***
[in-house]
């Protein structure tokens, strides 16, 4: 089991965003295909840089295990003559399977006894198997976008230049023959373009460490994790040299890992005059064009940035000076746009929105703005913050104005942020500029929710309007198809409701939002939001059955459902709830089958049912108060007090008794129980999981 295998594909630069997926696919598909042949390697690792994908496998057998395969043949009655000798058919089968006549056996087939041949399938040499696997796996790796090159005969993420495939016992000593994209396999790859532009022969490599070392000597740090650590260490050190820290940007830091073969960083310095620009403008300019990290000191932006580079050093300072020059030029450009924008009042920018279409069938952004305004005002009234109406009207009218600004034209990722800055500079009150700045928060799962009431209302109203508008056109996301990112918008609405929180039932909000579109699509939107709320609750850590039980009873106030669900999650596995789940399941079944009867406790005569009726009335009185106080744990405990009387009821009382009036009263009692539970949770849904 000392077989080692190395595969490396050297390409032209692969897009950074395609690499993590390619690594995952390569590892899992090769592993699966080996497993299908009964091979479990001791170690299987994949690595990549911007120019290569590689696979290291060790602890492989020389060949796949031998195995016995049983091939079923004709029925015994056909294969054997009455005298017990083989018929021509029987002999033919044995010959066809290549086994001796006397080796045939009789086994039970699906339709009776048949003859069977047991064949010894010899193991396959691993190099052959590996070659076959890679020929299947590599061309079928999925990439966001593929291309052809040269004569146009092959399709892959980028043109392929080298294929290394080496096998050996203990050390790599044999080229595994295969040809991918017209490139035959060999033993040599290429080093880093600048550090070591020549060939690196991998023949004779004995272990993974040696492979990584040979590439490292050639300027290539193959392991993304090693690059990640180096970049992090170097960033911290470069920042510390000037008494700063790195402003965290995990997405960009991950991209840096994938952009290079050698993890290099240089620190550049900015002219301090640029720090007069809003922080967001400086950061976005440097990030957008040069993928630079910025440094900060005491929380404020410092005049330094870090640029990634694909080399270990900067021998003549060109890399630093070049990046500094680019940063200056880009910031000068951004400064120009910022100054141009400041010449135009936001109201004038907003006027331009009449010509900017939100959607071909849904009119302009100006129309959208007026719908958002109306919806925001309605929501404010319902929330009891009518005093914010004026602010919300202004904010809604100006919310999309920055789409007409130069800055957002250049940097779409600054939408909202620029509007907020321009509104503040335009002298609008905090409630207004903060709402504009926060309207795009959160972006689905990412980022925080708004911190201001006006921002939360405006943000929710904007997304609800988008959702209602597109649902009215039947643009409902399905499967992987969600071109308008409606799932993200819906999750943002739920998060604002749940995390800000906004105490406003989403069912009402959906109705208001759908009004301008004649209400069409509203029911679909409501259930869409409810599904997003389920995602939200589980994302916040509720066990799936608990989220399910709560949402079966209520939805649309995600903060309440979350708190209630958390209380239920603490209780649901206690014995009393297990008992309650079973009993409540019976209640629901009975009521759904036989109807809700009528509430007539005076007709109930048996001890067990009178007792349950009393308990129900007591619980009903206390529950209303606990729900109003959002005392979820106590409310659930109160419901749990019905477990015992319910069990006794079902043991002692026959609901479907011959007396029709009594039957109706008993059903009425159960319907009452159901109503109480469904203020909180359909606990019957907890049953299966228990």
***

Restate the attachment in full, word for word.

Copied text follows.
[in-house]
């Protein structure tokens, strides 16, 4: 089991965003295909840089295990003559399977006894198997976008230049023959373009460490994790040299890992005059064009940035000076746009929105703005913050104005942020500029929710309007198809409701939002939001059955459902709830089958049912108060007090008794129980999981 295998594909630069997926696919598909042949390697690792994908496998057998395969043949009655000798058919089968006549056996087939041949399938040499696997796996790796090159005969993420495939016992000593994209396999790859532009022969490599070392000597740090650590260490050190820290940007830091073969960083310095620009403008300019990290000191932006580079050093300072020059030029450009924008009042920018279409069938952004305004005002009234109406009207009218600004034209990722800055500079009150700045928060799962009431209302109203508008056109996301990112918008609405929180039932909000579109699509939107709320609750850590039980009873106030669900999650596995789940399941079944009867406790005569009726009335009185106080744990405990009387009821009382009036009263009692539970949770849904 000392077989080692190395595969490396050297390409032209692969897009950074395609690499993590390619690594995952390569590892899992090769592993699966080996497993299908009964091979479990001791170690299987994949690595990549911007120019290569590689696979290291060790602890492989020389060949796949031998195995016995049983091939079923004709029925015994056909294969054997009455005298017990083989018929021509029987002999033919044995010959066809290549086994001796006397080796045939009789086994039970699906339709009776048949003859069977047991064949010894010899193991396959691993190099052959590996070659076959890679020929299947590599061309079928999925990439966001593929291309052809040269004569146009092959399709892959980028043109392929080298294929290394080496096998050996203990050390790599044999080229595994295969040809991918017209490139035959060999033993040599290429080093880093600048550090070591020549060939690196991998023949004779004995272990993974040696492979990584040979590439490292050639300027290539193959392991993304090693690059990640180096970049992090170097960033911290470069920042510390000037008494700063790195402003965290995990997405960009991950991209840096994938952009290079050698993890290099240089620190550049900015002219301090640029720090007069809003922080967001400086950061976005440097990030957008040069993928630079910025440094900060005491929380404020410092005049330094870090640029990634694909080399270990900067021998003549060109890399630093070049990046500094680019940063200056880009910031000068951004400064120009910022100054141009400041010449135009936001109201004038907003006027331009009449010509900017939100959607071909849904009119302009100006129309959208007026719908958002109306919806925001309605929501404010319902929330009891009518005093914010004026602010919300202004904010809604100006919310999309920055789409007409130069800055957002250049940097779409600054939408909202620029509007907020321009509104503040335009002298609008905090409630207004903060709402504009926060309207795009959160972006689905990412980022925080708004911190201001006006921002939360405006943000929710904007997304609800988008959702209602597109649902009215039947643009409902399905499967992987969600071109308008409606799932993200819906999750943002739920998060604002749940995390800000906004105490406003989403069912009402959906109705208001759908009004301008004649209400069409509203029911679909409501259930869409409810599904997003389920995602939200589980994302916040509720066990799936608990989220399910709560949402079966209520939805649309995600903060309440979350708190209630958390209380239920603490209780649901206690014995009393297990008992309650079973009993409540019976209640629901009975009521759904036989109807809700009528509430007539005076007709109930048996001890067990009178007792349950009393308990129900007591619980009903206390529950209303606990729900109003959002005392979820106590409310659930109160419901749990019905477990015992319910069990006794079902043991002692026959609901479907011959007396029709009594039957109706008993059903009425159960319907009452159901109503109480469904203020909180359909606990019957907890049953299966228990």